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That thing you haven’t seen yet.

5 August 2012

A while back on the blog, I discussed (OK, gushed over) the film Lunopolis, not because of its high production values or outstanding acting, but because of its premise and execution. Simply put, the filmmakers were able to tell me a story, and tell me one I hadn’t heard before. Hollywood is generally bad at giving the audience anything new (and there are a ton of reasons for this, not the least of which being money [OK, it’s all money]). So, of course, Lunopolis was an indie film.

You may also remember me mentioning the Quantum Theory project more than a couple of times. What drew me to this project was a similar feeling — that the people behind the as-yet-unmade film were attempting to show us all something we hadn’t seen yet. Recently, Tennyson Stead (you may remember me interviewing him here) sent me a draft of the script to read. And read I did.

So, here’s the thing — I’m not going to tell you what happens in the Quantum Theory script. It’s not because I believe in keeping spoilers out of my blog posts (though I do endeavor to do so whenever possible). It’s because I want people to experience this film for themselves, because from what I read, it definitely has the potential to tell us all a unique and fascinating story.

It’s hard to get an idea of the finished film from a screenplay, especially one written by the guy who’s ultimately going to direct it. After all, he knows what he wants to see on screen, and I don’t. I don’t have the story in my head before I read word one, like he does. Years back, I wrote some incredibly funny TV with a friend (if we do say so ourselves), but when someone else read the scripts, the jokes had the tendency to get lost in translation — because film is a visual medium, and something can be much funnier when I show it to you rather than tell you about it. The same can be said of this script — things will ultimately, I believe, be much cooler when we see them than they are on the page. Dialogue that doesn’t necessarily read right can work well in the performance.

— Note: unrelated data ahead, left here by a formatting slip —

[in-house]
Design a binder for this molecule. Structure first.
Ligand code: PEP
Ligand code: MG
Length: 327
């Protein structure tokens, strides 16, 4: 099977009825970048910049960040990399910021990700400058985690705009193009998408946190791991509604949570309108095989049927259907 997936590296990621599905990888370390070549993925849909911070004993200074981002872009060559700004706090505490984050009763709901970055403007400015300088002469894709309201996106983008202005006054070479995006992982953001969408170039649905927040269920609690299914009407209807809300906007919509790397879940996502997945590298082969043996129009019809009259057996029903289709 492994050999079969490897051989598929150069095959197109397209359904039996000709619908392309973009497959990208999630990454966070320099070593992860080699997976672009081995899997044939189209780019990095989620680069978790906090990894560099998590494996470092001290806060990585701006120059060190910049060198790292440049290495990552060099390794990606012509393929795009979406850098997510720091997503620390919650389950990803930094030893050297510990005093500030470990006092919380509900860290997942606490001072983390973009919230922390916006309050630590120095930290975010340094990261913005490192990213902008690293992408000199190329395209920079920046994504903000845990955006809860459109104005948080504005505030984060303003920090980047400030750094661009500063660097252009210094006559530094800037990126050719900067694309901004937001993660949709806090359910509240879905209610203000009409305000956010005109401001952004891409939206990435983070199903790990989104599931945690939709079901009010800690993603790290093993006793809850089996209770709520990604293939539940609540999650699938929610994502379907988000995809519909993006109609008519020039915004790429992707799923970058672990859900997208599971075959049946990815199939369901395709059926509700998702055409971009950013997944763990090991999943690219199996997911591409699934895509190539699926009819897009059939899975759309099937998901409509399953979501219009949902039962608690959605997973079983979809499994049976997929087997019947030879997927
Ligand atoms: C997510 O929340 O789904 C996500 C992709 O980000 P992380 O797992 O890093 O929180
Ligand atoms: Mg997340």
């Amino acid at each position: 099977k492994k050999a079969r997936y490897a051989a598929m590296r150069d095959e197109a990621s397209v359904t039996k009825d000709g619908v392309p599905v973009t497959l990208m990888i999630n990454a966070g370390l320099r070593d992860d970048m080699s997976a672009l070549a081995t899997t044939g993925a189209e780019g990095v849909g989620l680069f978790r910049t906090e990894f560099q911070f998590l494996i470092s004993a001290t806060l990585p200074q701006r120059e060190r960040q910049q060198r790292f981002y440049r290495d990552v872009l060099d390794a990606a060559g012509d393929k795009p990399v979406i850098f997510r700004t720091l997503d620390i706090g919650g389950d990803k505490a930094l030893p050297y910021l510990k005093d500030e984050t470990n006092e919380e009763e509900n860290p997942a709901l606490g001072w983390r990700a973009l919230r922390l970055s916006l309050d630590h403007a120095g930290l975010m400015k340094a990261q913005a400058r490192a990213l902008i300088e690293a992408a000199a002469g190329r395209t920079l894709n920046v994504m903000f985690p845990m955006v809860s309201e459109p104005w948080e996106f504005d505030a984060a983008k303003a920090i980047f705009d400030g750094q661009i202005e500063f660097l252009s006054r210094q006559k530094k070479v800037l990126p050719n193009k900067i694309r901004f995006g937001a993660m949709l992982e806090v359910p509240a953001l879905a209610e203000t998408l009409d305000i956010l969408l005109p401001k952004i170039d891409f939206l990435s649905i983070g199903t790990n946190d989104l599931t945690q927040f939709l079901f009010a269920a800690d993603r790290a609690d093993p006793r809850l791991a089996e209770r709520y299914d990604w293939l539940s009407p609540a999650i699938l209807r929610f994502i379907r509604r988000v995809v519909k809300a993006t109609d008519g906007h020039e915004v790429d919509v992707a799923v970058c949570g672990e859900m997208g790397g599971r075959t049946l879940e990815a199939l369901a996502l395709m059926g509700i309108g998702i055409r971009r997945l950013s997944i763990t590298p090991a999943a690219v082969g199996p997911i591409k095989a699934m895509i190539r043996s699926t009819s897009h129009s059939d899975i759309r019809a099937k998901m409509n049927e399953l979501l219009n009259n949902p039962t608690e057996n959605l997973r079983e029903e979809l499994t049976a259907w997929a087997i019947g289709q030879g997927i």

That said,what I read was really quite good. Oh, sure, I would have liked some more character development here, a few more descriptive actions there — but again, it’s a screenplay. That kind of stuff ultimately gets worked out in the performance, and seeing a film is completely different to reading the blueprints for one — just like the view from the Hancock building in Chicago is completely different than looking at a picture of the building. I’m confident in saying this movie will be quite a good watch when it gets made.

One Comment leave one →
  1. 5 August 2012 0741

    Obviously, most screenplays I’ve read came after seeing a movie. Once ye olde Internet and Script O Rama came around, those movies I hadn’t yet seen…I could at least read them. And it’s a great exercise for a writer, reading screenplays before seeing a movie and paying attention to how things change and work when shot and edited.

    I’ve worked on film projects, here and there, but only one actual 35mm feature. I read the script before we shot…it was my job to run scripts to the talent, and when the director found out I wrote, he wanted to know what I thought. Seeing things changed on the fly and a little outright improvising while shooting…it was a great experience.

    I’ll have to check out Lunopolis…and Quantum Theory when it’s finally available.

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